UPDATE 07/13/2012 - vSphere 5.0 Update 1a has just been released which resolves this issue, please take a look here for more details for the patch as this script is no longer required.

Duncan Epping recently wrote an article about Clarifying the SvMotion / VDS problem in which he describes the scenario that would impact your VMs as well as a way to remediate those impacted VMs. I would recommend you go through Duncan’s article before moving any further.

The challenge now, is how to easily identify all VMs that are currently impacted by this problem in your environment? The answer is of course Automation and leveraging the vSphere API! I created the following vSphere SDK for Perl script called querySvMotionVDSIssue.pl which searches for all VMs that are connected to a VDS and checks whether or not it’s expected dvPortgroup file exists in the appropriate datastore. To use the script, you just need a system with the vCLI installed or you can just use the vMA appliance.

UPDATE: The script has now been updated to support remediation for VMs connected to both a VMware VDS as well as Cisco N1KV. The solution, thanks to one of our internal engineers was to “move” the VM’s dvport from one to another, all while staying within the existing dvPortgroup which will also force the creation of the .dvsdb port file. Once the dvport move has successfully completed, we will move it back to it’s original dvport that it initially resided on. We no longer have to rely on creating a temporally dvPortgroup and best of all, we can now remediate both VDS and N1KV. The script now combines both the “query” and “remediation” into single script. Please take a look at the examples below on usage.

Disclaimer: This script is not officially supported by VMware, please test this in a development environment before using on production systems.

Here is a sample output of the script running in “query” mode:

Only impacted VMs will be listed in the output. To remediate, I have combined the remediation script into the query script, if you wish to remediate ALL VMs that were listed as being impacted, you can specify the –fix flag and providing the option “true“. This will go ahead and remediate all impacted VMs that were listed as before.

Here is a sample output of the script running in “remediation” mode:

In the screenshot above, you may noticed a few interesting details with VM3 and VM4. If you run out of dvports in a dvPortgroup, the script will automatically increase the number of ports to satisfy the swap (max of 10 due to number of ethernet interfaces a VM can have). Once the VM has been remediated, the dvportgroup will be reconfigured to it’s original configured number of ports as shown with VM3.

If you have an impacted VM that is connected to an ephemeral dvportgroup, we will not be able to remediate due to the nature of how an ephemeral binding works. You will get a message on the specific interface and you will need to manually remediate using the steps outlined by Duncan or using the “old” remediation script which will create a temporally dvPortgroup (again, this will only work for VMware VDS’ only).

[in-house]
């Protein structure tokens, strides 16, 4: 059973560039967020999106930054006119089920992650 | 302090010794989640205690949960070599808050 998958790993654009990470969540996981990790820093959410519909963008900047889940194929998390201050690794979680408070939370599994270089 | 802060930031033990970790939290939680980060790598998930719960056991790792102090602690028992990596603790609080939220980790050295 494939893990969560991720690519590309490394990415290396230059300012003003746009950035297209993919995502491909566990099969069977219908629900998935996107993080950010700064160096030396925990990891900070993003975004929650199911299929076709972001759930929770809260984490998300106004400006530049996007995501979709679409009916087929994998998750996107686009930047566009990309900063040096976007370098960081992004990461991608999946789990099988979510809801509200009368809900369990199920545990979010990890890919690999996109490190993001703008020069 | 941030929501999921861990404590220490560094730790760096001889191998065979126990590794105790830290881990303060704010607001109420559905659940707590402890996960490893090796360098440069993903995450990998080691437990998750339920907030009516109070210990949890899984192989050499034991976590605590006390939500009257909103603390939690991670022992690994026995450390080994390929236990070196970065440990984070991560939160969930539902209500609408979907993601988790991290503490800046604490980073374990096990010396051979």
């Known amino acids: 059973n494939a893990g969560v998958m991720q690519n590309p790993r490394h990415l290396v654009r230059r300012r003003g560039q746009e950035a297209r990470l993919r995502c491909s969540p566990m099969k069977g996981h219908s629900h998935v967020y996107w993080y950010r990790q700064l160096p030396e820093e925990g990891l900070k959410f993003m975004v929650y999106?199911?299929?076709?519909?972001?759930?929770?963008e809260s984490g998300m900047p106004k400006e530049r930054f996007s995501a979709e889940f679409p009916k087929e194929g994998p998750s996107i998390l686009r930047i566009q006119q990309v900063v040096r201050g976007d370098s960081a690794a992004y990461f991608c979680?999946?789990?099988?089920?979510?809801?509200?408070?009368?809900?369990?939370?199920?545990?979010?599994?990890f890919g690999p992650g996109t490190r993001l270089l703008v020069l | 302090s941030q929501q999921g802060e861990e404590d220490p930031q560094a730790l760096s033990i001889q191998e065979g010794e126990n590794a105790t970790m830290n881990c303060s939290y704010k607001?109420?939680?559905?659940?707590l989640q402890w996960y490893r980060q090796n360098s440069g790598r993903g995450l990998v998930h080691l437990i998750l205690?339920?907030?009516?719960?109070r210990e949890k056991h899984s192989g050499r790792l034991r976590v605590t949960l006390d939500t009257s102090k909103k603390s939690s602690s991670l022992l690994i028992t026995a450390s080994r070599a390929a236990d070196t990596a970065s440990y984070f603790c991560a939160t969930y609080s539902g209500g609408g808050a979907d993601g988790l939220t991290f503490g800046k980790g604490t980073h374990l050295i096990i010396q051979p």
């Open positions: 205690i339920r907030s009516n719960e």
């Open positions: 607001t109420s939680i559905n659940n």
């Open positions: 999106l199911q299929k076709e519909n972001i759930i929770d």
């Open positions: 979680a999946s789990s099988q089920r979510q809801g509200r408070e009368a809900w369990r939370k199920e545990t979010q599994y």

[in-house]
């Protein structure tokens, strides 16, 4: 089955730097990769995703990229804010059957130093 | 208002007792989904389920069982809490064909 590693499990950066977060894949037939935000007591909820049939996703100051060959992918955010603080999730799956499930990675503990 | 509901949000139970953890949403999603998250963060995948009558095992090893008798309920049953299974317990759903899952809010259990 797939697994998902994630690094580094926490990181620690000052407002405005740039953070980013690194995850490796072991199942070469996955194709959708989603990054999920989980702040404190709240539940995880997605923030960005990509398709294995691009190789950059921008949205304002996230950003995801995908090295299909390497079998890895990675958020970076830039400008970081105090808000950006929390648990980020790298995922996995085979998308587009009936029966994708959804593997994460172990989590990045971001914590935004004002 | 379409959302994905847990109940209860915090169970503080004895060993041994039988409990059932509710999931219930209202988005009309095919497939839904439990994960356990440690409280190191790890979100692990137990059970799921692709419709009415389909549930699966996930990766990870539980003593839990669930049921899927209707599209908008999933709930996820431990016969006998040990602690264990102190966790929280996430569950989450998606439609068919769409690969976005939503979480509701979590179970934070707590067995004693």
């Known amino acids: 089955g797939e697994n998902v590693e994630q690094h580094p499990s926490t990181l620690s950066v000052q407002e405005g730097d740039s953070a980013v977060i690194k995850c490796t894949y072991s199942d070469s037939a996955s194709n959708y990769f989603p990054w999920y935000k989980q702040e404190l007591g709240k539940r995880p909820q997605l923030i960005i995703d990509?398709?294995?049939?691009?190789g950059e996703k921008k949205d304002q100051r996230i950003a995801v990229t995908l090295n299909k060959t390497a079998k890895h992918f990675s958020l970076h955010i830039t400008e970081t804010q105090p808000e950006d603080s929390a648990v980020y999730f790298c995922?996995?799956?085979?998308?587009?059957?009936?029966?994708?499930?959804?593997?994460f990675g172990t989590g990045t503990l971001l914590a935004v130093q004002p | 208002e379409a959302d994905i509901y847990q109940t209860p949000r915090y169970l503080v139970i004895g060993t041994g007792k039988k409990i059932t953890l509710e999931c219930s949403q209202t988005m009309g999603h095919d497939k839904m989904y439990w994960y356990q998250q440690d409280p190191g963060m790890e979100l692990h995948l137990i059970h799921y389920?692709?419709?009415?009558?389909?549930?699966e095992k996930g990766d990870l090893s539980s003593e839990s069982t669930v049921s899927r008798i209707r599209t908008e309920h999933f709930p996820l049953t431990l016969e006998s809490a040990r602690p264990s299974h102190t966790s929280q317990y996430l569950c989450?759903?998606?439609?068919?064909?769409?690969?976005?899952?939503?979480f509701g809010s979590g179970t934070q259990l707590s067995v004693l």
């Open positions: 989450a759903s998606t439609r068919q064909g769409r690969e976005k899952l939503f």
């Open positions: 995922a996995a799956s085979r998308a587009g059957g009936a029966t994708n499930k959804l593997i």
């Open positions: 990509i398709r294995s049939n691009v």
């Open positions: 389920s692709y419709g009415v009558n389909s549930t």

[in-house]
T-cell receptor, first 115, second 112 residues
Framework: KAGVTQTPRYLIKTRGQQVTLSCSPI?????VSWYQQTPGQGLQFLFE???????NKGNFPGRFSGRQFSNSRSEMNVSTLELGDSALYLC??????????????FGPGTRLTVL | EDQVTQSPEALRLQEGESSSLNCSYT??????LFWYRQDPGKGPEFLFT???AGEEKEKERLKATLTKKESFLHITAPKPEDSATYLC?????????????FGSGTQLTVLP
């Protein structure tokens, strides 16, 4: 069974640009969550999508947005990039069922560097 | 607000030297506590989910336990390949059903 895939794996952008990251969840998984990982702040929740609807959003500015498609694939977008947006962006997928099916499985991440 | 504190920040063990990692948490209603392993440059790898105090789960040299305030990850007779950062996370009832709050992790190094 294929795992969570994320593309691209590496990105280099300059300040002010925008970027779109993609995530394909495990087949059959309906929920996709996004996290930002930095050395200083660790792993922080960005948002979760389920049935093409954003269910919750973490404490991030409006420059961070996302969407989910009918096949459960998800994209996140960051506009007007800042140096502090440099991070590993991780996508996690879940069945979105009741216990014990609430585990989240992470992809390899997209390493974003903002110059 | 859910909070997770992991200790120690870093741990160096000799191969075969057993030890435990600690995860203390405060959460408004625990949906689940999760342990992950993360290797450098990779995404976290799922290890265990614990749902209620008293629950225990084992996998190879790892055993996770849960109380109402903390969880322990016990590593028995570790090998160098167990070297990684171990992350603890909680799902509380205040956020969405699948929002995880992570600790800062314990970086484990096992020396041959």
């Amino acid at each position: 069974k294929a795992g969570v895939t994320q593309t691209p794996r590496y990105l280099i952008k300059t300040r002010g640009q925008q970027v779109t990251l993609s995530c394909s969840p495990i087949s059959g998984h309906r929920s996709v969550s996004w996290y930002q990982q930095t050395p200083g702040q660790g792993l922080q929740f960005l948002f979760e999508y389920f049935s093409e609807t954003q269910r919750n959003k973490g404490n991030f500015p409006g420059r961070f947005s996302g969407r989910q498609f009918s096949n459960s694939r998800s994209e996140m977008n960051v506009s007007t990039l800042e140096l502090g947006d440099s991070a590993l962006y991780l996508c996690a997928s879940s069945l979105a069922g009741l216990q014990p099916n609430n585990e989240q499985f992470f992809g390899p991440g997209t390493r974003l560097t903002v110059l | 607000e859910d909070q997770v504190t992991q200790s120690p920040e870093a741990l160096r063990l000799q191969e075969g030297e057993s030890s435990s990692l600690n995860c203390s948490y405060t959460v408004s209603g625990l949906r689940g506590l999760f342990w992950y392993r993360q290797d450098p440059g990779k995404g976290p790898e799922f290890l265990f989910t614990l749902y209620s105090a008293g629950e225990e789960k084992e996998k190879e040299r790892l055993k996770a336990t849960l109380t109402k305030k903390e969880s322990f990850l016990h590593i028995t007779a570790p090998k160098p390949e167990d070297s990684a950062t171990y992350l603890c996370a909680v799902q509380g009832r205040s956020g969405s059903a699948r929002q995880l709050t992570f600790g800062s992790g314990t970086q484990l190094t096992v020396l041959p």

If you run into any issues or have questions, feel free to leave a comment.

23 thoughts on “Identifying & Fixing Virtual Machines Affected By SvMotion / VDS Issue

  1. Nice! The first script lists several of my VMs as victims of this. I’ll need to adapt the second script for my environment, though, since we use the n1kv. I guess I can use PowerCLI to create a vSwitch on the host and do the same.

    • @Luke,

      I did not have access to N1KV, but it looks like for N1KV, you will need to create the portgroup profiles directly to VSM and not at the vSphere layer.

      You should be able to use PowerCLI to create a vSwitch on the same host with the same VLAN configuration of the dvPortgroup and then reconfigure the VM.

    • @Luke,

      I’ve just updated my script and it’s implementation using a different method of remediation. This will allow you to remediate both VDS + N1KV. Please refer to the updated post for more details. Thanks

  2. Hi, I experienced this issue when svmotion machines from a datastore that was removed later on. I got errors that dvport state info could not be saved because the file containing info about dvport was gone. In my situation editing port settings (I added a temporary description for that particular port and then removed it) on dvPortgroup for affected machine recreated file in proper location on new datastore. This might be a better solution for your remediate script since you don’t need to create any temporary dvPortgroup. No vm network downtime as well.

    • @pietia7,